Asymptomatic individuals with hereditary hemochromatosis can experience difficulties in obtaining employment or insurance, despite being in good health.
However, it is unclear to what these difficulties occur.
|20% of subjects with hereditary hemochromatosis had experienced insurance denial or premium increases.|
|American Journal of Gastroenterology|
In this study, researchers from the United States assessed insurance, employment, and psychosocial consequences of hereditary hemochromatosis diagnosis in healthy subjects.
The team surveyed patients from 3 clinics specializing in the treatment of hereditary hemochromatosis. They included patients who were diagnosed with hereditary hemochromatosis, but who were without end organ damage secondary to iron overload. The team also evaluated the patients' unaffected siblings.
The researchers performed a review of the medical records of subjects with hereditary hemochromatosis.
Main outcomes were attaining and keeping employment, and health, disability and life insurance. The team also measured quality of life (SF-36) and psychological well-being (SCL-90-R).
Of 130 eligible subjects, 126 responded, and of the 55 eligible controls, 46 responded.
The researchers found that 20% of the subjects with hereditary hemochromatosis had experienced 28 incidents were insurance was denied or premiums were increased. The subjects attributed these incidents to their diagnosis of hereditary hemochromatosis.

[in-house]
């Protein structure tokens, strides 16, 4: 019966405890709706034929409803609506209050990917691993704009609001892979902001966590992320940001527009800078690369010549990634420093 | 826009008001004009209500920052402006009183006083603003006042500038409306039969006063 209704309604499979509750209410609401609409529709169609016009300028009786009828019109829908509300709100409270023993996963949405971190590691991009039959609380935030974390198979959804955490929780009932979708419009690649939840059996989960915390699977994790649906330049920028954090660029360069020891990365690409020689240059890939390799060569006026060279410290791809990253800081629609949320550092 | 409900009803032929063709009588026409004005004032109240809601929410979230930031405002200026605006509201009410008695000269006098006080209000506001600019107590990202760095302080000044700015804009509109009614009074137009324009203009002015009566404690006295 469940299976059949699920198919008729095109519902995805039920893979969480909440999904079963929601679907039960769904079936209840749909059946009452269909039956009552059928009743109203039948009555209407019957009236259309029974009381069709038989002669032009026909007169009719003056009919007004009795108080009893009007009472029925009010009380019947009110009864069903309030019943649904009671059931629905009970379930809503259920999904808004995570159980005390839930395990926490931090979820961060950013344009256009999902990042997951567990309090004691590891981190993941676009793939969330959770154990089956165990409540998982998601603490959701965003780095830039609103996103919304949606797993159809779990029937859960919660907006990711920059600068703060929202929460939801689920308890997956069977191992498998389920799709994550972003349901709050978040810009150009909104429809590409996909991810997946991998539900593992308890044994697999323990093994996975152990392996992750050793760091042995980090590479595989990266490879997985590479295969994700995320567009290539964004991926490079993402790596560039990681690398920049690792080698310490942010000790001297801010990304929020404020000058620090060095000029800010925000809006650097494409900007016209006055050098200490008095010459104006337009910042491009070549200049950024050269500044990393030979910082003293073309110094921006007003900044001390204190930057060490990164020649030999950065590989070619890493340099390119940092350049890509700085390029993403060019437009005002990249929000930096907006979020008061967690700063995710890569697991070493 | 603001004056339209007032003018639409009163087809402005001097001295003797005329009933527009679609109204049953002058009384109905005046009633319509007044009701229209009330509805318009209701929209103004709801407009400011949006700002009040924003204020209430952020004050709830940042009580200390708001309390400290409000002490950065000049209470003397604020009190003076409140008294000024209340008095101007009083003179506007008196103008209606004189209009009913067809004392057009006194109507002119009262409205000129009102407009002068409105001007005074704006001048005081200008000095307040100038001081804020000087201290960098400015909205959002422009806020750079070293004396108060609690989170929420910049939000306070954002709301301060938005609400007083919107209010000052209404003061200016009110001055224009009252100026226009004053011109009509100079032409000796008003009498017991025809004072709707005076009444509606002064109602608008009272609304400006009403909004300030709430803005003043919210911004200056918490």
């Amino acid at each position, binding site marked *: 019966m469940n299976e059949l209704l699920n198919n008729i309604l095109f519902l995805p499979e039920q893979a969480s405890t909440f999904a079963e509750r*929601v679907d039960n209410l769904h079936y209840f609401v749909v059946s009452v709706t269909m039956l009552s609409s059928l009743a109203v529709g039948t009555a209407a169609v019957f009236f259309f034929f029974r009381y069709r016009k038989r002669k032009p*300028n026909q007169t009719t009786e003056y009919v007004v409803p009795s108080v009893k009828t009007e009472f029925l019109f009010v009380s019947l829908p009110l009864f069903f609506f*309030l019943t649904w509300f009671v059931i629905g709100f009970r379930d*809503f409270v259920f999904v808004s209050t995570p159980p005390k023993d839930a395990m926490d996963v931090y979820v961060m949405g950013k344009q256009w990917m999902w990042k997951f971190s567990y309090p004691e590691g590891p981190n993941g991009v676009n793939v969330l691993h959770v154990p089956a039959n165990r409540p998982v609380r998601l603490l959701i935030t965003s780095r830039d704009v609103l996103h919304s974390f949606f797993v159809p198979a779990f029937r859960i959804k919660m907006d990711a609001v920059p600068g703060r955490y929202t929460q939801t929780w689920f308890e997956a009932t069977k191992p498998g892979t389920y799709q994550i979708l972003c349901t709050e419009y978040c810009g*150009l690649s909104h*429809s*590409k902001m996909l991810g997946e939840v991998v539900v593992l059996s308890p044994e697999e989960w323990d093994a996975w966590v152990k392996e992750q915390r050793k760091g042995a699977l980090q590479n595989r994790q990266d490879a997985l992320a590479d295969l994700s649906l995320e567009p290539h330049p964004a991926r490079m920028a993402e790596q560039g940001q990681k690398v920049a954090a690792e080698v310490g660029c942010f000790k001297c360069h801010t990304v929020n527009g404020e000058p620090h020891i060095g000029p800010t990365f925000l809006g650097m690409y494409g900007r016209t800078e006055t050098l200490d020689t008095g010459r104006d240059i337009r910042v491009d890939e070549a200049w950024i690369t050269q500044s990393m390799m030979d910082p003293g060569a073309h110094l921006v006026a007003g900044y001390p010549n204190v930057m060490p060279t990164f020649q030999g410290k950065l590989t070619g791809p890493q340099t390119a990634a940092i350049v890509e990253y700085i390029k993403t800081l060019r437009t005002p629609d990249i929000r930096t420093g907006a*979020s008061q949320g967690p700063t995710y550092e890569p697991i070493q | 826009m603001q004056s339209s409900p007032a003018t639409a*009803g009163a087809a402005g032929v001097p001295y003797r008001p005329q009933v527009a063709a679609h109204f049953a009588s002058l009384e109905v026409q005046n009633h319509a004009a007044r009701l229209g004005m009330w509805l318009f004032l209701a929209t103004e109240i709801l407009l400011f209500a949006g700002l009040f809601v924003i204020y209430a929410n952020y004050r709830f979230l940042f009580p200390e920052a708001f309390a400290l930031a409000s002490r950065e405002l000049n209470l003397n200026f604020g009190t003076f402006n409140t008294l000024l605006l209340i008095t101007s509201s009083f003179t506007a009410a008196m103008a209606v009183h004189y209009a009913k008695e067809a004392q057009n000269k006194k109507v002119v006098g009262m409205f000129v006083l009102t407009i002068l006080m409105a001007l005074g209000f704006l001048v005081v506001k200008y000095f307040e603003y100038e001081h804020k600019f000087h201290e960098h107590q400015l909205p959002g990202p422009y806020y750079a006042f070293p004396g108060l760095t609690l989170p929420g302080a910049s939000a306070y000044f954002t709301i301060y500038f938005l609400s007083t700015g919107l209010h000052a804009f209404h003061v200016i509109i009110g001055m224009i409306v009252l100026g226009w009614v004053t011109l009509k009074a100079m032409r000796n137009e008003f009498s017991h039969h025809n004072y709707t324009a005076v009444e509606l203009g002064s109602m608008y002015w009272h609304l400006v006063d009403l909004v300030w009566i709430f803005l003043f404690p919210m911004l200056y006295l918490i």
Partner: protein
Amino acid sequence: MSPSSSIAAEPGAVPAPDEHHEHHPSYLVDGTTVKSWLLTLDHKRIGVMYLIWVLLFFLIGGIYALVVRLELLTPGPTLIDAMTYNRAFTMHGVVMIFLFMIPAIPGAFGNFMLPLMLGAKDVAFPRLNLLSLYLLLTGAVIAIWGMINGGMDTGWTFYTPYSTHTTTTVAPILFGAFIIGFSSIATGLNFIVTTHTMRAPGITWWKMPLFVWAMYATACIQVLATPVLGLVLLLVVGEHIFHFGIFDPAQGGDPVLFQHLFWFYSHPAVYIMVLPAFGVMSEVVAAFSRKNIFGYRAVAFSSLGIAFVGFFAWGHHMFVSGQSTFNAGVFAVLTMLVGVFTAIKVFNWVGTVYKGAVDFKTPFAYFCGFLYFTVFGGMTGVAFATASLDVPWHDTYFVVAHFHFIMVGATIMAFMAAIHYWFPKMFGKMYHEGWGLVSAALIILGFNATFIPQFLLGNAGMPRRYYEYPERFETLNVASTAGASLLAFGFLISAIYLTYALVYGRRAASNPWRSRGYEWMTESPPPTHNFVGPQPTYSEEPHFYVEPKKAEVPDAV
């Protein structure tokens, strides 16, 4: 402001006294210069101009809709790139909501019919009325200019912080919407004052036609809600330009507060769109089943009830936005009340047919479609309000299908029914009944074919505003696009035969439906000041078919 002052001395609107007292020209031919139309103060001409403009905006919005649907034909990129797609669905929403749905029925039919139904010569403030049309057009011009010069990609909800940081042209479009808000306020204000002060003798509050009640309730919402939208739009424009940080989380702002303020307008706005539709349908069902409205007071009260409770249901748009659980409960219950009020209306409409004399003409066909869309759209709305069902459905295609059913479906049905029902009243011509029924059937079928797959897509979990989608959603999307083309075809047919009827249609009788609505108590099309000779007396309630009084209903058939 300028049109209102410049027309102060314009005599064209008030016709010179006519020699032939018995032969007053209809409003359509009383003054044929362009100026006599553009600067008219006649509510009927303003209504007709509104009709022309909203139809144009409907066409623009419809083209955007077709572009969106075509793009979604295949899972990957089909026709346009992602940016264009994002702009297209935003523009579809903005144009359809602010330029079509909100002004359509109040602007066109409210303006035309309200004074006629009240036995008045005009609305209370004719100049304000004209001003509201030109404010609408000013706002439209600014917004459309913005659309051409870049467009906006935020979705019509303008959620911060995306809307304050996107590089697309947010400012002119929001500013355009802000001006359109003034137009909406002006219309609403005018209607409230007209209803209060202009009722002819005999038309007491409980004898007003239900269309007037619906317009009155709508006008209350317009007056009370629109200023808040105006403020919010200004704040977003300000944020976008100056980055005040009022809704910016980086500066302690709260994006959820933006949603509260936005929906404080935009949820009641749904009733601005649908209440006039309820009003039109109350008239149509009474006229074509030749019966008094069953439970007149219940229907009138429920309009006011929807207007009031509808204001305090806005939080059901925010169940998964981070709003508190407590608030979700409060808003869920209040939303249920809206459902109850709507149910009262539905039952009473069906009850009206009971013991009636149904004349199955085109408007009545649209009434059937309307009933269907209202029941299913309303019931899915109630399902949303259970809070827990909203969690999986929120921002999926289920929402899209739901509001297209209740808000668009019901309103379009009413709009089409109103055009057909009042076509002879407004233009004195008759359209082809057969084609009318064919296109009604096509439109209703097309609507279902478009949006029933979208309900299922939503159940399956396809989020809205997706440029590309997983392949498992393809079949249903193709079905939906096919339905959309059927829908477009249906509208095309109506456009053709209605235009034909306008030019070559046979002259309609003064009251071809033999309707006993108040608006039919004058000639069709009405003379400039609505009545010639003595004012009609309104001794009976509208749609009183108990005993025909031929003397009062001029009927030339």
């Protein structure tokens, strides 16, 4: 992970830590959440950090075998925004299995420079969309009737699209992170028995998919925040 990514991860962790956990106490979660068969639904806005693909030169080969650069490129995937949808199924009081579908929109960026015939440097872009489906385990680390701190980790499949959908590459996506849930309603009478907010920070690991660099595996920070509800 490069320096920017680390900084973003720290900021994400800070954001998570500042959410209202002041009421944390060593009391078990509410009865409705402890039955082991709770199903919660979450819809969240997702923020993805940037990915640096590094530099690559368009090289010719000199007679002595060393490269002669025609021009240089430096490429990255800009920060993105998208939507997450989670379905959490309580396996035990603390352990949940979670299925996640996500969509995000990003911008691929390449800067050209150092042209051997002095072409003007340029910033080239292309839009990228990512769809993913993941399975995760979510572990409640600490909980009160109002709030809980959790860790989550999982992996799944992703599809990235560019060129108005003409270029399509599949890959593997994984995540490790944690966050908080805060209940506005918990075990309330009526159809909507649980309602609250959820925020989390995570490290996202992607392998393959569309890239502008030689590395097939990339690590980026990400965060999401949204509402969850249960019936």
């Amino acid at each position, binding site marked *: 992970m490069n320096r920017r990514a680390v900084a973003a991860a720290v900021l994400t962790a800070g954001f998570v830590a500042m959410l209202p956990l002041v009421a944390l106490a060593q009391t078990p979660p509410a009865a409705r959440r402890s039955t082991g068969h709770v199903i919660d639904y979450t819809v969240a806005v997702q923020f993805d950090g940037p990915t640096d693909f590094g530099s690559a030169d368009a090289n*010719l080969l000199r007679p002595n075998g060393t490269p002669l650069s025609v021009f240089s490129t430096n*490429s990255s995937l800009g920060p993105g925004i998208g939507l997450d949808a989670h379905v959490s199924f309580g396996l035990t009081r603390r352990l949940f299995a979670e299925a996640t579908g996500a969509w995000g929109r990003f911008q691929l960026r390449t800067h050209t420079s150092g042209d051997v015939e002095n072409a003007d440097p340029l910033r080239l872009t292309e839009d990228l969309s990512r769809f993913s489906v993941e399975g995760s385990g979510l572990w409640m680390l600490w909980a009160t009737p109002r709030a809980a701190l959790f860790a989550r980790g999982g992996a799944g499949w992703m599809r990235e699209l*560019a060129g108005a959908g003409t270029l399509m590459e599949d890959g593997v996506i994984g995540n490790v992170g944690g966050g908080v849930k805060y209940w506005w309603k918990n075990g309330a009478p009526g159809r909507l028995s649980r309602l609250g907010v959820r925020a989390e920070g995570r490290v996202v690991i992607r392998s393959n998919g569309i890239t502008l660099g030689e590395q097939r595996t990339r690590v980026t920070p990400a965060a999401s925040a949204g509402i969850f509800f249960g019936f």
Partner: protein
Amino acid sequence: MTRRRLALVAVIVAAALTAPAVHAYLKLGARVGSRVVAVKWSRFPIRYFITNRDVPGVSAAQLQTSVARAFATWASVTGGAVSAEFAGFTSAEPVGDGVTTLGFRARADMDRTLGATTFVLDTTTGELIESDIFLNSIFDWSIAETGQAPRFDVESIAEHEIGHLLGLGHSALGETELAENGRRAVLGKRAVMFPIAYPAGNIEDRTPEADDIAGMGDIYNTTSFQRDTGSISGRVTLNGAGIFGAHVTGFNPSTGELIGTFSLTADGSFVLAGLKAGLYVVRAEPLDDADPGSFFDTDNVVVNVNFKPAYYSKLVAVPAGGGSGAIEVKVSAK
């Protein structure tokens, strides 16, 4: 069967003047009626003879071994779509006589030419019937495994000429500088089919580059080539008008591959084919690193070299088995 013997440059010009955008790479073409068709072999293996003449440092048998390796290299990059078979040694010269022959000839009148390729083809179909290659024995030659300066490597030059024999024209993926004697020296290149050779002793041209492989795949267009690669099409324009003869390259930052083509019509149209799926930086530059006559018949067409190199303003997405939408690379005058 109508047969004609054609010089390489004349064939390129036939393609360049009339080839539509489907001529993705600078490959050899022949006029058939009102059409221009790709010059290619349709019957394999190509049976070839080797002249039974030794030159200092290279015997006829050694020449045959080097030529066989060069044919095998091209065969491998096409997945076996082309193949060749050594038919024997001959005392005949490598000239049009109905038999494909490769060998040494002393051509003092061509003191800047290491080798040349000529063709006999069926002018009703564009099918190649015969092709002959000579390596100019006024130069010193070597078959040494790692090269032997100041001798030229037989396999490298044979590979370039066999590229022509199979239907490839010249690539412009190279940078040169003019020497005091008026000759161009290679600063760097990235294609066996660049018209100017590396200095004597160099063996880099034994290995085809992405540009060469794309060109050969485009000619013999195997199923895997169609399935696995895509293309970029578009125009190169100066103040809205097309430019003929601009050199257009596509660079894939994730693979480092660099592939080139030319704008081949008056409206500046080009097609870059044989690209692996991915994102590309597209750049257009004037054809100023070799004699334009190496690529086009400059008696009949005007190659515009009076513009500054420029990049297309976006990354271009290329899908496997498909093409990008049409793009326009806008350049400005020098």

Of the 28 incidents, 57% involved life insurance, 29% health insurance, and 14% disability insurance.
In addition, the team found that 1 of the sibling controls reported an increased rate for life insurance.
However, the team found that 20% of the subjects who reported insurance denial or increased premiums had significant comorbid conditions.
One subject reported an employment refusal.
The researchers were unable to identify any differences the SF-36 or the SCL-90-R scores between subjects with hereditary hemochromatosis and unaffected siblings.
Overall rates of active health, disability, and life insurance were similar between the groups.
Dr Nicholas Shaheen's team concluded, "Insurance denial and increased premium rates are reported commonly among individuals with hereditary hemochromatosis without end organ damage".
"However, the overall proportion of those with active insurance, the quality of life, and the psychological well-being of these subjects were similar to those of unaffected siblings".